Peer review plays an integral role in helping to ensure published research is accurate, trustworthy, and meets the highest standards of research within a given field. It’s an essential part of the publication process for many journals but navigating peer review can seem like a minefield, whether you are a journal editor, someone who reviews papers, or the author. How to respond to referees’ comments, handling queries on a paper currently going through peer review, trying to recruit reviewers, whichever hat you have on there is always much to consider, particularly in light of the recent statement on peer review manipulation from the Committee on Publishing Ethics (COPE).
To support editors, reviewers, and authors as they navigate the peer-review process, Taylor & Francis has developed a suite of online guidelines on Editor Resources and Author Services, which we’d encourage you to share with anyone involved with your journal.
For new authors we offer a clear explanation of what peer review is, including a simple diagram of how it works, what to expect of an editor, and how to respond to reviewers’ comments and revise a manuscript in ScholarOne Manuscripts.
On Editor Resources, we offer reviewer guidelines, including a step-by-step guide to writing a review and examples of constructive comments. Editors will also be able to access our latest updates and advice on how to verify reviewers’ credentials and how to avoid peer review “match-fixing” and effectively check any author-suggested reviewers.* We would encourage you to read these essential posts, as they offer quick instructions on simple checks you can make. We will continue to ensure we offer all editors clear guidance in this area, and will be updating you on how we are supporting you in the months to come.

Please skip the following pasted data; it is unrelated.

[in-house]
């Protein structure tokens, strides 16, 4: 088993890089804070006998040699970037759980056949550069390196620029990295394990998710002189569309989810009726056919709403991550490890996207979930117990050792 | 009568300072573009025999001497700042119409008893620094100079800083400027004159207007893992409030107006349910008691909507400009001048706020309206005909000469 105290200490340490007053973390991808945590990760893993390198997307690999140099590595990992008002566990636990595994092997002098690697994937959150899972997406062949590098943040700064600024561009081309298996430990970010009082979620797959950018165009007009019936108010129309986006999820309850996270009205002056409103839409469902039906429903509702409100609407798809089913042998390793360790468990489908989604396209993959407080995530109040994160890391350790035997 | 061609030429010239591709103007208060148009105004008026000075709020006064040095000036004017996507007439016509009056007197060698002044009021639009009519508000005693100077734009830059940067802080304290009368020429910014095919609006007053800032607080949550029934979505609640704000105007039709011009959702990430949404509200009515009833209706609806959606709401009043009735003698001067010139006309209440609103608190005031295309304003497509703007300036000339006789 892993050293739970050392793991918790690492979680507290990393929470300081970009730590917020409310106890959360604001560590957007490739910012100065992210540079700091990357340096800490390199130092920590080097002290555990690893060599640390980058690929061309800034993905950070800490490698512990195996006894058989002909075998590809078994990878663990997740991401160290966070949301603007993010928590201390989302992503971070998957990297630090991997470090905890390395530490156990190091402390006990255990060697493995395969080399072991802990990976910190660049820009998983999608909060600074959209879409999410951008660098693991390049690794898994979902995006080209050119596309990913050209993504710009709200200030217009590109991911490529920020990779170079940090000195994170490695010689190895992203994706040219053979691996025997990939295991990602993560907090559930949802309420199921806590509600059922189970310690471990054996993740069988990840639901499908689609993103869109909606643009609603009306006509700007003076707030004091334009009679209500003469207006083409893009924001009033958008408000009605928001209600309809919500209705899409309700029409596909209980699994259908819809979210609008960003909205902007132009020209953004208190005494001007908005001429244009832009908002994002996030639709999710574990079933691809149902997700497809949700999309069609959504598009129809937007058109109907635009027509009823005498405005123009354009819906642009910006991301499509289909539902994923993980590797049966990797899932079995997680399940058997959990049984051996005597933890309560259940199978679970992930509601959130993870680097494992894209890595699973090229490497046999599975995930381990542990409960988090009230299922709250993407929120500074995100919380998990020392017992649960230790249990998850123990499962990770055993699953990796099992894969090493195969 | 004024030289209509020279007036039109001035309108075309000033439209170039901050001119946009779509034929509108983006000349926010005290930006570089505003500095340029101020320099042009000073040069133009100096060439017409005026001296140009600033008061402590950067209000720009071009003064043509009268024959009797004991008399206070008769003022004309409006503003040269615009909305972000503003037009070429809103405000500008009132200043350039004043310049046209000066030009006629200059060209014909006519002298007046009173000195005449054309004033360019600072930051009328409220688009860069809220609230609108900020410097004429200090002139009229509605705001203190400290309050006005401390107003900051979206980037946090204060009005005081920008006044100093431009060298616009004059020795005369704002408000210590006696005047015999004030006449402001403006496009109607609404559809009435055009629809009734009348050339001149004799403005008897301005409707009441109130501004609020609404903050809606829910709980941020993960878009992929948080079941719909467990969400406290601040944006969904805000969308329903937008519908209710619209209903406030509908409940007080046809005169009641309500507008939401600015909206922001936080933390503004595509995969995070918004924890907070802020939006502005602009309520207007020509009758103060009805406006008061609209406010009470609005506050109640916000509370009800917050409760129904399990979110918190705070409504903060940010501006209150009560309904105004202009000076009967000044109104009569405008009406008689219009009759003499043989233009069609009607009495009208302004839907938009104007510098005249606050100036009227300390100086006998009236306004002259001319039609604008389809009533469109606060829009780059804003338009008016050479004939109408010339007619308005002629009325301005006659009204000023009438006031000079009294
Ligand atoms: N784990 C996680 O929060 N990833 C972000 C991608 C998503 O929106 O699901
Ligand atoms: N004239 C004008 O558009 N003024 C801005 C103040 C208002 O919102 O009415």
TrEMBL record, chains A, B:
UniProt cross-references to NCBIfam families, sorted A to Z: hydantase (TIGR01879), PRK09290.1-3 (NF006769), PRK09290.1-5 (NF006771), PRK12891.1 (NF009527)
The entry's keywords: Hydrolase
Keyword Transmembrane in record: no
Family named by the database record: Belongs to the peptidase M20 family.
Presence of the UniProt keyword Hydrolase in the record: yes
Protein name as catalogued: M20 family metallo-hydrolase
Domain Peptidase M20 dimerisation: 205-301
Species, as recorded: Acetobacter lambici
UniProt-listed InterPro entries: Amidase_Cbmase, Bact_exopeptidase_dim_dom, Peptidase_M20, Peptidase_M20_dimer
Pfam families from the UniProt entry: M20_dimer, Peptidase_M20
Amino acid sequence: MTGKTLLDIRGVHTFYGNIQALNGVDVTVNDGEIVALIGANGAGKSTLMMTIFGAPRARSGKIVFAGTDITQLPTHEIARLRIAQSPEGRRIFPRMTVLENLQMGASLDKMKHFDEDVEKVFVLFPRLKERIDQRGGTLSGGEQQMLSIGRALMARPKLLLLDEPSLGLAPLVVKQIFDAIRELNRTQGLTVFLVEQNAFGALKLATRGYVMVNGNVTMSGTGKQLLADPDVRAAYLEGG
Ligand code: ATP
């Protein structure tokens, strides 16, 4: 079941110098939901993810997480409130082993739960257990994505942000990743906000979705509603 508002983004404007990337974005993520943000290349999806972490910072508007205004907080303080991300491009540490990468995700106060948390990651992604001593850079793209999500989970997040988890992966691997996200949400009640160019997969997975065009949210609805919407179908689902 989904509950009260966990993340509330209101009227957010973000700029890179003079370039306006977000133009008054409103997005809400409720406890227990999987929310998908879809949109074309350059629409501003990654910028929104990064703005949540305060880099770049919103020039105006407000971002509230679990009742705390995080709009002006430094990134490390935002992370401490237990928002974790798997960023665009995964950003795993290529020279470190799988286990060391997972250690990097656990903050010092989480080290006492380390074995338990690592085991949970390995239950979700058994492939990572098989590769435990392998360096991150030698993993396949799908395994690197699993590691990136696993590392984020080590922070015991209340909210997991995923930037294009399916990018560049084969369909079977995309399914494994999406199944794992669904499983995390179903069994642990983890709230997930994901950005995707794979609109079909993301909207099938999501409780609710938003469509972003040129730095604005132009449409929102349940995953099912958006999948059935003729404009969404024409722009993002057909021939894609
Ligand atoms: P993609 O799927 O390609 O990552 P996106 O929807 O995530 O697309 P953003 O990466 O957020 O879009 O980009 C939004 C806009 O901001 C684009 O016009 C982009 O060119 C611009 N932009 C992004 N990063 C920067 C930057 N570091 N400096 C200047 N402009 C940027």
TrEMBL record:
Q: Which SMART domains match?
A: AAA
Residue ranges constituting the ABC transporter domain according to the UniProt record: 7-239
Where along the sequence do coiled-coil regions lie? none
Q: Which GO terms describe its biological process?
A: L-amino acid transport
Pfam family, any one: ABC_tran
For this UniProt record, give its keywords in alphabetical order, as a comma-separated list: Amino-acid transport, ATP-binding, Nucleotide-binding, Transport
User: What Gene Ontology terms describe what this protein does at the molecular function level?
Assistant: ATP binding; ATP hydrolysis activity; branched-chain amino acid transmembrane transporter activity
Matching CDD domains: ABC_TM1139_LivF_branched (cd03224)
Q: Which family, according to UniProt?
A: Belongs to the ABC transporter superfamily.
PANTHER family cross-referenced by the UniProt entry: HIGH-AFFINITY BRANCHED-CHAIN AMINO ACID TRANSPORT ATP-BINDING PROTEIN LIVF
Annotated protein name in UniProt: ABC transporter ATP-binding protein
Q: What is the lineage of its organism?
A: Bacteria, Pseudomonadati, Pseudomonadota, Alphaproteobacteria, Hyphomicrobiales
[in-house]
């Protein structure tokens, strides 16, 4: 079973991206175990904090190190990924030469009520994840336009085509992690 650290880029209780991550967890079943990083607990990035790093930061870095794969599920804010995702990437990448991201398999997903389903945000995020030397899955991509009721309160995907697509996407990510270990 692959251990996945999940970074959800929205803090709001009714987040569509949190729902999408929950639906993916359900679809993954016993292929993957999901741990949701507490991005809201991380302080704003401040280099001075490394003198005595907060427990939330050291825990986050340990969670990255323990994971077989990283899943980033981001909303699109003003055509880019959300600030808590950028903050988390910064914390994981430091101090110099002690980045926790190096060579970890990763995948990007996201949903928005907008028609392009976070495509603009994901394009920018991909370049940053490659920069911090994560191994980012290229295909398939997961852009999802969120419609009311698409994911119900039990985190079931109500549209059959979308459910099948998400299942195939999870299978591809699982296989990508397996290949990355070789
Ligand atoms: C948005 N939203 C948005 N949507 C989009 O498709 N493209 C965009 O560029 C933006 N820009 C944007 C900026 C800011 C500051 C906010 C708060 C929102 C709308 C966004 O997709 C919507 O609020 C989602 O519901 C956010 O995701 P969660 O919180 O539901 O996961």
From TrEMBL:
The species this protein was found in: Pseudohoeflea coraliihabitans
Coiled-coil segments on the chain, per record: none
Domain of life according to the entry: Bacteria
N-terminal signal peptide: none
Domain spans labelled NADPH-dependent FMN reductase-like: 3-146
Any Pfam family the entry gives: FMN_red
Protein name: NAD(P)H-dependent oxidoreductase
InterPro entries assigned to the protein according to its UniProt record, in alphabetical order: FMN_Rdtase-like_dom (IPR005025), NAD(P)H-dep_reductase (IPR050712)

2015 also sees us continuing to be a sponsor of Sense about Science’s peer review workshops for early-career researchers, sharing the tips and expertise offered on Editor Resources and via Twitter on @TandFEditors and @tandfauthorserv. Watch out for details of this year’s workshops (details to be posted soon), so if you work with someone doing their Ph.D., encourage them to come along, or get in touch to find out more about the “how to get published” workshops run by Taylor & Francis, which include advice and information on what to expect of peer review.
Whether you are a first-time author or reviewer, or someone working with one, these simple guidelines should give a much better understanding of peer review, how it works, and how to review effectively. For editors, it means that you have clear information you can point people to, helping to set expectations and maintain the rigorous peer-review process which is an essential part of every article published in a Taylor & Francis journal.
* Please note that you will need to log in to access these two articles. If you cannot remember your password you can request a new one via the log-in at the top of the page. Your username will be the email address used to correspond with your editorial contact at Taylor & Francis.